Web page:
Because the circuit court found that Mr. Metheney met the requirements set out in W. Va. Code 61-7-4 [1989], we reverse the decision of the circuit court and remand the case to the circuit court with directions to issue Mr. Metheney a license to carry a concealed deadly weapon within ten days of the filing of this opinion.

        For the above stated reasons, the judgment of the Circuit Court of Monongalia County is reversed and the case is remanded for the issuance of Mr. Metheney's license to carry a concealed deadly weapon.

                                Reversed and remanded.


Footnote: 1 In Metheney I, the applicants claimed a constitutional right to carry concealed deadly weapons and contended that outside the specific provisions of W. Va. Code 61-7-4 [1989], the circuit court was without discretion to deny their applications. See Metheney I, 182 W. Va. at 724-25, 391 S.E.2d at 637-38 for our discussion of the constitutional right claim and the Legislature's intention to allow only citizens qualified under W. Va. Code 61-7-4 [1989] to obtain licenses to carry concealed weapons; see also Metheney I, 182 W. Va. at 725, 391 S.E.2d at 638 for our discussion of the circuit court's ability to examine the assertions made by applicants before granting a license to carry a concealed weapon.
Footnote: 2 After Metheney I, the circuit court affirmed the denial holding that no additional evidentiary hearing was necessary, and that Mr. Metheney's case was insufficient. Asserting that the circuit court's denial was part of a blanket policy, Mr. Metheney again appealed. By order dated November 7, 1990, we remanded the case "for the purpose of supplementing the record. . . ." After the circuit court failed to act, this Court, by writ issued on March 26, 1993, directed the circuit court "either to render a ruling granting the permit upon the application or to conduct a hearing on the allegations in the petition." On April 22, 1993, the circuit court granted a hearing. After the hearing, the circuit court again denied Mr. Metheney's application and the present appeal concerns this denial.
Footnote: 3 W. Va. Code 61-7-4 [1989] states, in pertinent part:

     (a) Any person desiring to obtain a state license to carry a concealed deadly weapon shall apply to the circuit court of his or her county for such license, and shall pay to the clerk of the circuit court, at the time of application, a filing fee of twenty dollars. The applicant shall file with the clerk of the circuit court an application in writing, duly verified, which sets forth the following:
     (1) That the applicant is a citizen of the United States of America or lawfully resides in the United States of America;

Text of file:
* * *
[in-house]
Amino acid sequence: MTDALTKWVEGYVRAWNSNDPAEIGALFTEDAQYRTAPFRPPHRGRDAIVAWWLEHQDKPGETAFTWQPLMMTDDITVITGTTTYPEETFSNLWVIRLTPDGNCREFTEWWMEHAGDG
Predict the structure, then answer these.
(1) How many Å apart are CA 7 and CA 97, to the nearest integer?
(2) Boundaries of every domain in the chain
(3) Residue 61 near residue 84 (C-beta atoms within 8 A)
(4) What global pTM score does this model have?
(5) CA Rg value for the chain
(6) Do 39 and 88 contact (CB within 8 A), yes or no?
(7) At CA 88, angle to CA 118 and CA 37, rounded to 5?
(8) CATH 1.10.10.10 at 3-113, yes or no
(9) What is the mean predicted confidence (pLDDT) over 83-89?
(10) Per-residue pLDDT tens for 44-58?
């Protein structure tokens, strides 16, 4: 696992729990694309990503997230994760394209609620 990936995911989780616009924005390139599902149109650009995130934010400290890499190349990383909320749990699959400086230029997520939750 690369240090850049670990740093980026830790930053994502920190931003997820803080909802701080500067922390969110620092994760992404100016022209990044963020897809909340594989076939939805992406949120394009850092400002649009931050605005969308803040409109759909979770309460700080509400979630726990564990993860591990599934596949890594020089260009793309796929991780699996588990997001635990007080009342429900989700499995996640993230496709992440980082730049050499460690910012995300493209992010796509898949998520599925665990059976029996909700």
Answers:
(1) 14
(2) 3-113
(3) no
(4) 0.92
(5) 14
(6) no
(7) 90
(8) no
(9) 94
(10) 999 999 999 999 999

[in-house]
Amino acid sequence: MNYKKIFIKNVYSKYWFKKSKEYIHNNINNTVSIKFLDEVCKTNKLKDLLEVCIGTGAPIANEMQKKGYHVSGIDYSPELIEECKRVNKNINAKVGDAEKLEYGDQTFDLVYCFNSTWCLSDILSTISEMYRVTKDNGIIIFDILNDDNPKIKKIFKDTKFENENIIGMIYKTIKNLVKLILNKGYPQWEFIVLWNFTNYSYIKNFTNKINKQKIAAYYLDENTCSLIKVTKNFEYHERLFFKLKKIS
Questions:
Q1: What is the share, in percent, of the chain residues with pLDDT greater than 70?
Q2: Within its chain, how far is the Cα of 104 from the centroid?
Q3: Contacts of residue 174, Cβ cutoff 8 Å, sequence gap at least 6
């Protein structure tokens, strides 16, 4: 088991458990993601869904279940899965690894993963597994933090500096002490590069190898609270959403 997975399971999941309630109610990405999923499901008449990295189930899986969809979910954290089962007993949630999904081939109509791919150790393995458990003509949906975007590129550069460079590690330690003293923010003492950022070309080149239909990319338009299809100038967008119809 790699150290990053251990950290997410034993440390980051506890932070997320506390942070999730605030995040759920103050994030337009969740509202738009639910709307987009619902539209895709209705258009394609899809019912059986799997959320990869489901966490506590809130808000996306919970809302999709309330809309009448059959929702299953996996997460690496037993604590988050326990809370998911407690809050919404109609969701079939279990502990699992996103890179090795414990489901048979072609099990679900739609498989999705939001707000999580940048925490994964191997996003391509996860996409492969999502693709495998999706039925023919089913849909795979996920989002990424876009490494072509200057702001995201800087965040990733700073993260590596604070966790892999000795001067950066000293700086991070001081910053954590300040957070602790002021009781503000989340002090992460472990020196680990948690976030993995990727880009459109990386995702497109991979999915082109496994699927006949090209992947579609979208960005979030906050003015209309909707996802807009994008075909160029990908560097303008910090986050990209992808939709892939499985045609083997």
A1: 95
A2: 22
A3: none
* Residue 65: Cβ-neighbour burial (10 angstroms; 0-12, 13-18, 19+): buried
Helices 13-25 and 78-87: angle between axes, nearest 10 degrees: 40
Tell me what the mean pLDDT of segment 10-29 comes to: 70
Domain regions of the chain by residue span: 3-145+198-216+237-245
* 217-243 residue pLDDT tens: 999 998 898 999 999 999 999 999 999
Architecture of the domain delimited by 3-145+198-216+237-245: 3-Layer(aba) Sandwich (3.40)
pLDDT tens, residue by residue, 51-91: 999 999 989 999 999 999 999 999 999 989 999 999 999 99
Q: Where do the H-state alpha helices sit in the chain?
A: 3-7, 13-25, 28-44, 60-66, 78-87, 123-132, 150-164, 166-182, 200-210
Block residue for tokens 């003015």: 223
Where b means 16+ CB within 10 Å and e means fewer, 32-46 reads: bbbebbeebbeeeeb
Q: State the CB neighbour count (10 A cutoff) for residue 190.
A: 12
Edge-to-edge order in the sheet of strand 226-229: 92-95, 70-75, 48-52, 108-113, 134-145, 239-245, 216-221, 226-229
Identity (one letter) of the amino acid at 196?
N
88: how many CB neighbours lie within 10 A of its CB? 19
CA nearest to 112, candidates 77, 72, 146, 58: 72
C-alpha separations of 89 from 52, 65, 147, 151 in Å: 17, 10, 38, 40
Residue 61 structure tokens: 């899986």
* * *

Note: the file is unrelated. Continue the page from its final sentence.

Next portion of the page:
(2) That, on the date the application is made, the applicant is a bona fide resident of this state and of the county in which the application is made;
     (3) That the applicant is eighteen years of age or older;
     (4) That the applicant is not addicted to alcohol, a controlled substance or a drug, and is not an unlawful user thereof;
     (5) That the applicant has not been convicted of a felony or of an act of violence involving the misuse of such deadly weapon;
     (6) That the applicant desires to carry such deadly weapon for the defense of self, family, home or state, or other lawful purpose;
     (7) That the applicant is physically and mentally competent to carry such weapon;
     (8) That, in the case of a person applying for a license to carry a concealed pistol or revolver, the applicant has qualified under minimum requirements for handling and firing such firearms. These minimum requirements are those promulgated by the department of natural resources and attained under the auspices of the department of natural resources. . . .

. . .

     (b) The court shall issue or deny such license within thirty days after the application is filed with the circuit clerk. The court shall, if necessary, hear evidence upon all matters stated in such application and upon any other matter related to the eligibility of the applicant under subsection (a) of this section. If from such application or the proof it appears that the purpose for such person to carry such weapon is defense of self, family, home or state, or other lawful purpose, and all
other conditions in subsection (a) are complied with, the court, or the judge thereof in vacation, shall grant such license.
     (c) In the event an application is denied, the specific reasons for the denial shall be stated in the order of the court denying the application. Upon denial of an application and at the request of the applicant made within ten days of such denial, the court shall schedule the matter for a hearing. The applicant may be represented by counsel, but in no case shall the court be required to appoint counsel for an applicant. The final order of the court shall include the court's findings of fact and conclusions of law.